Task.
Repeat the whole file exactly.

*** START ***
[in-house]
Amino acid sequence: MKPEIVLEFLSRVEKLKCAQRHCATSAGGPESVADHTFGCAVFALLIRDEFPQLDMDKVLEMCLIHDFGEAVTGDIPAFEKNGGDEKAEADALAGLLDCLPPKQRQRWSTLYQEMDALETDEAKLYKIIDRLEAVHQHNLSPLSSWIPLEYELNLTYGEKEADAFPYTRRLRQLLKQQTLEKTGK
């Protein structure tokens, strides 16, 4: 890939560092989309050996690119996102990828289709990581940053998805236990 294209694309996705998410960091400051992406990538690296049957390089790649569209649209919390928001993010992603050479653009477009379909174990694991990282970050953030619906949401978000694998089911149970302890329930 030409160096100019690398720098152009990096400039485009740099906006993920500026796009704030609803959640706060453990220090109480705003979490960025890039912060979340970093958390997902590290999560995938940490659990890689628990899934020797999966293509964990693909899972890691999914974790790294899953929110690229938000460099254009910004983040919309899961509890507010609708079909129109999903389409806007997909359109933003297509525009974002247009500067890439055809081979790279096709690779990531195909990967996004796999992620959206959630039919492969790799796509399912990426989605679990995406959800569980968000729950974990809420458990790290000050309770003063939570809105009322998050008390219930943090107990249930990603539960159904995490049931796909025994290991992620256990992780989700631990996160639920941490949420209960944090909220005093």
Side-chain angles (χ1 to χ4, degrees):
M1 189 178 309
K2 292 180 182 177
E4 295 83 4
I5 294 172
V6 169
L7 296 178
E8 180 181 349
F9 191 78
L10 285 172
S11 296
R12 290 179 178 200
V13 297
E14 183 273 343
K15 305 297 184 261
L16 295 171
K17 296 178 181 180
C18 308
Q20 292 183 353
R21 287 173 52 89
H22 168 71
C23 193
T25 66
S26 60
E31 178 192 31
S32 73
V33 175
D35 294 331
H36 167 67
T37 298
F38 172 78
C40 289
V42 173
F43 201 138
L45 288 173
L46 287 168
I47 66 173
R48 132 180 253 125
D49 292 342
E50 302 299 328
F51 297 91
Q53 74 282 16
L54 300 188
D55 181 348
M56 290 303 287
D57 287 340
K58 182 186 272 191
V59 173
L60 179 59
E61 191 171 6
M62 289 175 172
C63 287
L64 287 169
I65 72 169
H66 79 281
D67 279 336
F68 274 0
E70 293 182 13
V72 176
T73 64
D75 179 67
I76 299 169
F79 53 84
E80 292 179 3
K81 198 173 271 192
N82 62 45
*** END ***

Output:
[in-house]
Amino acid sequence: MKPEIVLEFLSRVEKLKCAQRHCATSAGGPESVADHTFGCAVFALLIRDEFPQLDMDKVLEMCLIHDFGEAVTGDIPAFEKNGGDEKAEADALAGLLDCLPPKQRQRWSTLYQEMDALETDEAKLYKIIDRLEAVHQHNLSPLSSWIPLEYELNLTYGEKEADAFPYTRRLRQLLKQQTLEKTGK
């Protein structure tokens, strides 16, 4: 890939560092989309050996690119996102990828289709990581940053998805236990 294209694309996705998410960091400051992406990538690296049957390089790649569209649209919390928001993010992603050479653009477009379909174990694991990282970050953030619906949401978000694998089911149970302890329930 030409160096100019690398720098152009990096400039485009740099906006993920500026796009704030609803959640706060453990220090109480705003979490960025890039912060979340970093958390997902590290999560995938940490659990890689628990899934020797999966293509964990693909899972890691999914974790790294899953929110690229938000460099254009910004983040919309899961509890507010609708079909129109999903389409806007997909359109933003297509525009974002247009500067890439055809081979790279096709690779990531195909990967996004796999992620959206959630039919492969790799796509399912990426989605679990995406959800569980968000729950974990809420458990790290000050309770003063939570809105009322998050008390219930943090107990249930990603539960159904995490049931796909025994290991992620256990992780989700631990996160639920941490949420209960944090909220005093």
Side-chain angles (χ1 to χ4, degrees):
M1 189 178 309
K2 292 180 182 177
E4 295 83 4
I5 294 172
V6 169
L7 296 178
E8 180 181 349
F9 191 78
L10 285 172
S11 296
R12 290 179 178 200
V13 297
E14 183 273 343
K15 305 297 184 261
L16 295 171
K17 296 178 181 180
C18 308
Q20 292 183 353
R21 287 173 52 89
H22 168 71
C23 193
T25 66
S26 60
E31 178 192 31
S32 73
V33 175
D35 294 331
H36 167 67
T37 298
F38 172 78
C40 289
V42 173
F43 201 138
L45 288 173
L46 287 168
I47 66 173
R48 132 180 253 125
D49 292 342
E50 302 299 328
F51 297 91
Q53 74 282 16
L54 300 188
D55 181 348
M56 290 303 287
D57 287 340
K58 182 186 272 191
V59 173
L60 179 59
E61 191 171 6
M62 289 175 172
C63 287
L64 287 169
I65 72 169
H66 79 281
D67 279 336
F68 274 0
E70 293 182 13
V72 176
T73 64
D75 179 67
I76 299 169
F79 53 84
E80 292 179 3
K81 198 173 271 192
N82 62 45